Classroom language

Manaswini Sridhar

I am just going to begin my career as an English language teacher for the primary section. I would like to train my students in soft skills even at this level. I know it is possible. What are the sentence structures to be avoided? What are the ways in which we can sound more polite?

As teachers, we are constantly directing, guiding and instructing our students. Hence, this is the kind of speech pattern that we find used in the classroom scenario.

“Close the door, Rajeev.”

“Vittal, hand out the notebooks, (please)!”

“Sneha, bring the books from the library, (please).”

“Arun, stop talking!”

“Someone switch on the light! It’s become terribly dark in here!”

Instructions, commands and orders being issued from the very minute we enter class. What are such sentences called in grammar? Yes, the imperative. The imperative is used to give orders or commands. This is the kind of sentence structure that is used predominantly in the classroom. It is a clear indication of who is in control and who is being controlled!

Where have the modals disappeared? They make their appearance only when grammar is taught. Why can’t we use them to make polite requests? Why can’t we use them in our interaction with our students so that at the end of the day we don’t feel like a circus ringmaster, and they do not feel that they have ‘obeyed’ all day long?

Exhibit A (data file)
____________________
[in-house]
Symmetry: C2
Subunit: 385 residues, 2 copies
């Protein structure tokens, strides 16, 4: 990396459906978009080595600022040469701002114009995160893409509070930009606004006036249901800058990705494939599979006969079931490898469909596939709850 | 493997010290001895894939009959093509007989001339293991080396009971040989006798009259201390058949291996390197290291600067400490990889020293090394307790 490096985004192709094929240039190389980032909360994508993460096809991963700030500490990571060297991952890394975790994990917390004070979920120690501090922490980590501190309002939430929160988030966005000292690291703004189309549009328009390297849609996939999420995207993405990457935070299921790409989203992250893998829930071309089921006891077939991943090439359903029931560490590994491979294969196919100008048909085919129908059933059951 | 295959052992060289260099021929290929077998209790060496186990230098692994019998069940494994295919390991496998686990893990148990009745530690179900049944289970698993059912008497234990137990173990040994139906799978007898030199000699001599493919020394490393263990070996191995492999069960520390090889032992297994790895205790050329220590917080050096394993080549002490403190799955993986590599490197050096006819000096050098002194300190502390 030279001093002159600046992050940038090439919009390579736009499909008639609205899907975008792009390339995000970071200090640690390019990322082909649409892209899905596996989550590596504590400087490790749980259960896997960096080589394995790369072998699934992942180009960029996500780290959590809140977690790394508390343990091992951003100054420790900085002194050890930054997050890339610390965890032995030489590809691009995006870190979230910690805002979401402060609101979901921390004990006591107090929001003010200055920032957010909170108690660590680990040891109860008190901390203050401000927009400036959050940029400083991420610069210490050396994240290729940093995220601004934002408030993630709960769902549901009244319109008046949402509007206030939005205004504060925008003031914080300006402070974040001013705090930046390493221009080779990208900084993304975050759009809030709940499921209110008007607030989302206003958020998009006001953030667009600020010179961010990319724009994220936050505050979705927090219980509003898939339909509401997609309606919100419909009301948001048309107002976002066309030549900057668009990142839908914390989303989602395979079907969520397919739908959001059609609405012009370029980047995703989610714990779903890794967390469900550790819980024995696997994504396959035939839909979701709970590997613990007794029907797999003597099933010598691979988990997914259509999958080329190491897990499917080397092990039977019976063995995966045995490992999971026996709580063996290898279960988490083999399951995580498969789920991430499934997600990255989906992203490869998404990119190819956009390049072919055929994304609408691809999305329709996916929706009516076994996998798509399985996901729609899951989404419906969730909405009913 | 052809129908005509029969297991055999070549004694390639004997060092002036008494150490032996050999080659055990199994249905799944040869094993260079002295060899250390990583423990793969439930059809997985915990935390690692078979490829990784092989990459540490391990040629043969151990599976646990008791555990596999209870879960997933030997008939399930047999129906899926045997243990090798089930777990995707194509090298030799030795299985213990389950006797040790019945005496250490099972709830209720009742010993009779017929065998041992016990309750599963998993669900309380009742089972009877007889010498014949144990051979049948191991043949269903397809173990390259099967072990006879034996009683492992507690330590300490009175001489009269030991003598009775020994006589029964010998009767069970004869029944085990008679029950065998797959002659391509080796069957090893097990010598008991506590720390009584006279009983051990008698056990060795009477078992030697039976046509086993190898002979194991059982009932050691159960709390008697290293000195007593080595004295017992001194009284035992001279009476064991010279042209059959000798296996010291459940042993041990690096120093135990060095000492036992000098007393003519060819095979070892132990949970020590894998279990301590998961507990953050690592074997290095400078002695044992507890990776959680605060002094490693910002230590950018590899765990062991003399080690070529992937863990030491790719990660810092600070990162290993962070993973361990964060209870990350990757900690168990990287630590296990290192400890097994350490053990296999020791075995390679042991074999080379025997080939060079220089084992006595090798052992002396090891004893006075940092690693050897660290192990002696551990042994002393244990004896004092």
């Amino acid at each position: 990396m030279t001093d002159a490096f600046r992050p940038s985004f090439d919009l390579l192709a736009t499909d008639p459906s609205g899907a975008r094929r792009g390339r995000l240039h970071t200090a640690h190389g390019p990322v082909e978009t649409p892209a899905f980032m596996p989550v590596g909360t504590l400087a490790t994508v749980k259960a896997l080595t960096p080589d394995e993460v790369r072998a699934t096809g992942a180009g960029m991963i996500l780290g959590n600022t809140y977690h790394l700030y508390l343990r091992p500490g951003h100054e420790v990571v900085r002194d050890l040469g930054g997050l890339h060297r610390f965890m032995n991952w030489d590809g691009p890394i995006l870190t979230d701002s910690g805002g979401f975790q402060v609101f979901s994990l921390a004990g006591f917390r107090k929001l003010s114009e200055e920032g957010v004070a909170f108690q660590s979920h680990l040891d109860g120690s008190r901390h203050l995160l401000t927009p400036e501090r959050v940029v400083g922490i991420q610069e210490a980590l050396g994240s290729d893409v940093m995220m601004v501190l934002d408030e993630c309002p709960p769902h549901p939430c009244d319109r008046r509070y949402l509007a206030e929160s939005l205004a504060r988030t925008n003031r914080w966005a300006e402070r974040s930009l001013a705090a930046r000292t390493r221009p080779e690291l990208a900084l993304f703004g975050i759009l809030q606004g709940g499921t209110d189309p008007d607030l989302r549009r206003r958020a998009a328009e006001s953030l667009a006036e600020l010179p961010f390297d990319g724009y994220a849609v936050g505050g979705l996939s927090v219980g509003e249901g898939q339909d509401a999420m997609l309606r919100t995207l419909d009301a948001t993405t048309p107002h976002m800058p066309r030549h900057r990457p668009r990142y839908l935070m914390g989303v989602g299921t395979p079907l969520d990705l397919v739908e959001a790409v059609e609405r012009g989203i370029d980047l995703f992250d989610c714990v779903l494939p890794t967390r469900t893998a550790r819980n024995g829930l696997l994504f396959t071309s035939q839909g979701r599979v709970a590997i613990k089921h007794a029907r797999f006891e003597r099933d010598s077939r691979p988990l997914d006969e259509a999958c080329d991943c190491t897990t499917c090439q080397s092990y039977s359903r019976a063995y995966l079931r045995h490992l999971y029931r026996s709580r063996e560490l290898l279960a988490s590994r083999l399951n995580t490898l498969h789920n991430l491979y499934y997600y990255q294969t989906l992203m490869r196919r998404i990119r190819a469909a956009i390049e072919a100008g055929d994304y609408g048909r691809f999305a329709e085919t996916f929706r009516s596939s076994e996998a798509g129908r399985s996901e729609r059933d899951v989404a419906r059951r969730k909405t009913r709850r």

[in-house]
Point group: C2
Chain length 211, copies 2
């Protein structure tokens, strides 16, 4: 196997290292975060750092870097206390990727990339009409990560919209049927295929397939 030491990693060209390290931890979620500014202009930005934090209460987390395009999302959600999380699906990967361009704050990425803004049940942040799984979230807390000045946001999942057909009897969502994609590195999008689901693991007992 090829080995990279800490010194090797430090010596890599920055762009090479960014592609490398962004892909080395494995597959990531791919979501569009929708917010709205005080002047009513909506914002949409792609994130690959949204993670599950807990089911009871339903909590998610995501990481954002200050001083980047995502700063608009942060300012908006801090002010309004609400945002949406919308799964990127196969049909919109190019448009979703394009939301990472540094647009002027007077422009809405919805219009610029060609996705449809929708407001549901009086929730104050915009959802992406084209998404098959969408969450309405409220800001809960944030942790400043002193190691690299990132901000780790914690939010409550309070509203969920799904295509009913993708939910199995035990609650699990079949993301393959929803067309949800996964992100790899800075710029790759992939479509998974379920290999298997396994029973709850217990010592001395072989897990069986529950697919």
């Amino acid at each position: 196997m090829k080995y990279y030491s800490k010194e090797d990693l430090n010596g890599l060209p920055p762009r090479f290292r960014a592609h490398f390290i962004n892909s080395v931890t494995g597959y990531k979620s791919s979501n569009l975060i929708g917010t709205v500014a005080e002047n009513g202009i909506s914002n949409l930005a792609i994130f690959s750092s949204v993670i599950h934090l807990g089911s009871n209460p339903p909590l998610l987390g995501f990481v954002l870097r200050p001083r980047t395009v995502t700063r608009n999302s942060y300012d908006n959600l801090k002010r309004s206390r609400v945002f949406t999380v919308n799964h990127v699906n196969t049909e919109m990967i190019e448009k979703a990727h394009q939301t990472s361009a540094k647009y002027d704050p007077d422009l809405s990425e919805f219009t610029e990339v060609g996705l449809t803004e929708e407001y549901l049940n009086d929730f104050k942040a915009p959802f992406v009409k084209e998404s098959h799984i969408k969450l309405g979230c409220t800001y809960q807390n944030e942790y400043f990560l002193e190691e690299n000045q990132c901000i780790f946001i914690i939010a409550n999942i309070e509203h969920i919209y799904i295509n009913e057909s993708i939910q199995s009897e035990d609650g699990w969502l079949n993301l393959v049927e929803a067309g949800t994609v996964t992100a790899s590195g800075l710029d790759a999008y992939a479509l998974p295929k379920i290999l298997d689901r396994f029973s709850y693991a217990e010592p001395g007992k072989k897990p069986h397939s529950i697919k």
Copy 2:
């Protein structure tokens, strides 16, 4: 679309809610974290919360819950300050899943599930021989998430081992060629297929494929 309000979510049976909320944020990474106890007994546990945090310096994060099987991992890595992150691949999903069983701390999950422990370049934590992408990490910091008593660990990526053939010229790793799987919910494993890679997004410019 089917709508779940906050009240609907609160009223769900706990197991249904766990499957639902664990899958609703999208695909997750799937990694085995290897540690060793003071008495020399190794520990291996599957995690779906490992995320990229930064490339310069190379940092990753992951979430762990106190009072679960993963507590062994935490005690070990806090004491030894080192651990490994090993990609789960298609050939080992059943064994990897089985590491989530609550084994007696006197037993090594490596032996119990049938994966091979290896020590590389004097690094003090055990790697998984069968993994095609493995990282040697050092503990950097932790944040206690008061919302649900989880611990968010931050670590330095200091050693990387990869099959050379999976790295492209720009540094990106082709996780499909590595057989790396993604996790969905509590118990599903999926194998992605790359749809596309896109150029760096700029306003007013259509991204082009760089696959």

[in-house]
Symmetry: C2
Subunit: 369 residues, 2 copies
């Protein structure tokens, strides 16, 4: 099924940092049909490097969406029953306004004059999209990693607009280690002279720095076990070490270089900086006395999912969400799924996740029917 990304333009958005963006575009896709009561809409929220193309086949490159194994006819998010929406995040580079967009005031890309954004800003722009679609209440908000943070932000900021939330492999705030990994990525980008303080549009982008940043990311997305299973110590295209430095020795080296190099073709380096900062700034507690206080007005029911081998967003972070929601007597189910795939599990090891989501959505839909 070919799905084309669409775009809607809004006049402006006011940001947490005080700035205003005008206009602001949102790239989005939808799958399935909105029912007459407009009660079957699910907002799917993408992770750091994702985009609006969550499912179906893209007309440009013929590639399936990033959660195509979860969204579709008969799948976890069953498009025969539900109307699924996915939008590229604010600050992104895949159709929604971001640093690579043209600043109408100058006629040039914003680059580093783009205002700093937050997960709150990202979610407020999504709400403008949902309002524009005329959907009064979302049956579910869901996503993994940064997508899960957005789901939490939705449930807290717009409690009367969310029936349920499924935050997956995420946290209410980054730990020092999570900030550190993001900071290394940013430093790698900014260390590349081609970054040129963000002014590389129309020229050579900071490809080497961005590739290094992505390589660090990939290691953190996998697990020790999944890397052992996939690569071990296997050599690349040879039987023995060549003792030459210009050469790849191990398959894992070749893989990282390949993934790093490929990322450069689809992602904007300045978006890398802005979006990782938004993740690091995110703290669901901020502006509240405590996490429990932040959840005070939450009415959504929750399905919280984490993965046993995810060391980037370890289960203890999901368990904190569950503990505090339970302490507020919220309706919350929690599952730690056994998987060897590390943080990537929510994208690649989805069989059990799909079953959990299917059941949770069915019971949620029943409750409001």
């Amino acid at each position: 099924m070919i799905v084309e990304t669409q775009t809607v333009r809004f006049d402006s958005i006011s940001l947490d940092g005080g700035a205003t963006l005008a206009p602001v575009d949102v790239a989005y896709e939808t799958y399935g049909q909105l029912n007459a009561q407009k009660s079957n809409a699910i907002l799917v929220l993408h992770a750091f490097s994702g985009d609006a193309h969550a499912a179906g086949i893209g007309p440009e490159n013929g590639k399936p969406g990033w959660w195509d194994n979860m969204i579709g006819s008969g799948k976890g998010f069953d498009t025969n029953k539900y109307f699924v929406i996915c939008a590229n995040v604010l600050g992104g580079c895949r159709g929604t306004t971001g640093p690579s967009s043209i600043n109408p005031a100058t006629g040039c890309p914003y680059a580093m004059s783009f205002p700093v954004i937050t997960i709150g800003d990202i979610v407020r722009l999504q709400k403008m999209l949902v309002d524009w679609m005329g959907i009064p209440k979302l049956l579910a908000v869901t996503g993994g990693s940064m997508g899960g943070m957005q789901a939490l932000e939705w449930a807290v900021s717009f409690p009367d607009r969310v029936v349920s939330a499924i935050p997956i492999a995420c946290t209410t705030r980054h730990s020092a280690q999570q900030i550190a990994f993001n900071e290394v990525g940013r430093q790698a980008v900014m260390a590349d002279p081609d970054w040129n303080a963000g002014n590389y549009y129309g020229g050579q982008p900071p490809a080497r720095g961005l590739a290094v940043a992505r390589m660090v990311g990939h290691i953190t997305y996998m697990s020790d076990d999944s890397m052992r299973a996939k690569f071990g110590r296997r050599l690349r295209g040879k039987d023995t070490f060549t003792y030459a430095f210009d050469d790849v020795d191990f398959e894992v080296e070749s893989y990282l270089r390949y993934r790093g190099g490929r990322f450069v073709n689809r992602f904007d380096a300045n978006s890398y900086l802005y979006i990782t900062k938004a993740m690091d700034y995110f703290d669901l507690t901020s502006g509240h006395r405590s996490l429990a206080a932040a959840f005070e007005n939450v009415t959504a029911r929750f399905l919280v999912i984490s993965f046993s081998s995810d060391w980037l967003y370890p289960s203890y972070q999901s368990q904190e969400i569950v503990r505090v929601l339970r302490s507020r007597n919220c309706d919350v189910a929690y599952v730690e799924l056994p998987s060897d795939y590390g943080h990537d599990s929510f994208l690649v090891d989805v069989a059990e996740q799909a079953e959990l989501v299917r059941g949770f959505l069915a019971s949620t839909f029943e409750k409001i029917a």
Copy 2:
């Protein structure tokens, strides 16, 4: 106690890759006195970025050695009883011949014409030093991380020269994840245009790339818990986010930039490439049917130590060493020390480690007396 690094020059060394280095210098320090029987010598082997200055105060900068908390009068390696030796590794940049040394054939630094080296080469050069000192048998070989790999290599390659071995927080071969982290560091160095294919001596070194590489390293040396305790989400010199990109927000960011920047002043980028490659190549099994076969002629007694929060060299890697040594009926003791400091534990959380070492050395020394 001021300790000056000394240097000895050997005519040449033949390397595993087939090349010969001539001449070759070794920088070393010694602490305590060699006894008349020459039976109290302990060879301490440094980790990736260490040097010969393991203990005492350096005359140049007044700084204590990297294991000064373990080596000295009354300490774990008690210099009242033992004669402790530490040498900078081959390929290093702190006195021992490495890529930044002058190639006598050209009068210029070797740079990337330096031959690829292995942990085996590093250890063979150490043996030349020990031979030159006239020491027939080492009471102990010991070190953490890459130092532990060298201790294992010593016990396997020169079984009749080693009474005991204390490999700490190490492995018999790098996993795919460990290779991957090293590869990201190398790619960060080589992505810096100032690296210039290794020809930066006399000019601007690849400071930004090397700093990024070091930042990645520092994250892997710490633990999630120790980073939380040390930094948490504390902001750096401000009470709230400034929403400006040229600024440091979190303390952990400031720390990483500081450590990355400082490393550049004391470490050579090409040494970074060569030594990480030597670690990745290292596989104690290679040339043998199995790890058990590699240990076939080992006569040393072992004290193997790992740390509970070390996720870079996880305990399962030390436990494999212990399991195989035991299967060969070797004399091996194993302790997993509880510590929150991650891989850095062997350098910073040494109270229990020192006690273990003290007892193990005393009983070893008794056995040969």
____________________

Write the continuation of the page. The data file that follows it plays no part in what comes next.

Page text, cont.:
Why can’t we say something like…?

“Would you mind closing the door, Rajeev? Thank you.”

“Vittal, could you please hand out the notebooks? Thank you.”

“Arun… we are in the middle of something. Is there something important that you have to share?”

“It’s awfully dark in here. Would someone please switch on the light? Thank you.”

Isn’t this a more friendly, better way of requesting students to do something? Does it sound a little more tedious though? Perhaps we use more words, but why should we be in a tearing hurry? We are here to teach students life skills, not mere subject knowledge.

If the teacher constantly uses this kind of language, students too will imbibe it naturally, spontaneously.

We would probably not hear brusque sentences like:

Give me your pen. (Instead: Could I have your pen?)

Lend me your book. (Instead: Could you lend me your book for a few days?)

Words of thank you, sorry and please will also automatically follow because the class will hear the teacher using these ‘golden’ words generously.

“Thank you for switching on the light, Amit.”

“Yes, Rekha. Please continue.”

“Please speak a little louder. We can’t hear you.”

“Sorry, I couldn’t quite catch that. Could you slow down?”

You have opened the door to soft skills training, without the students even being aware of it! What you learn as a child is something that becomes a part of you for ever and ever. Teaching is not just about conveying bookish knowledge. Teaching is also about making students understand how to get on with people by using the right kind of language.

The author is a teacher educator and language trainer based in Chennai. She can be reached at .

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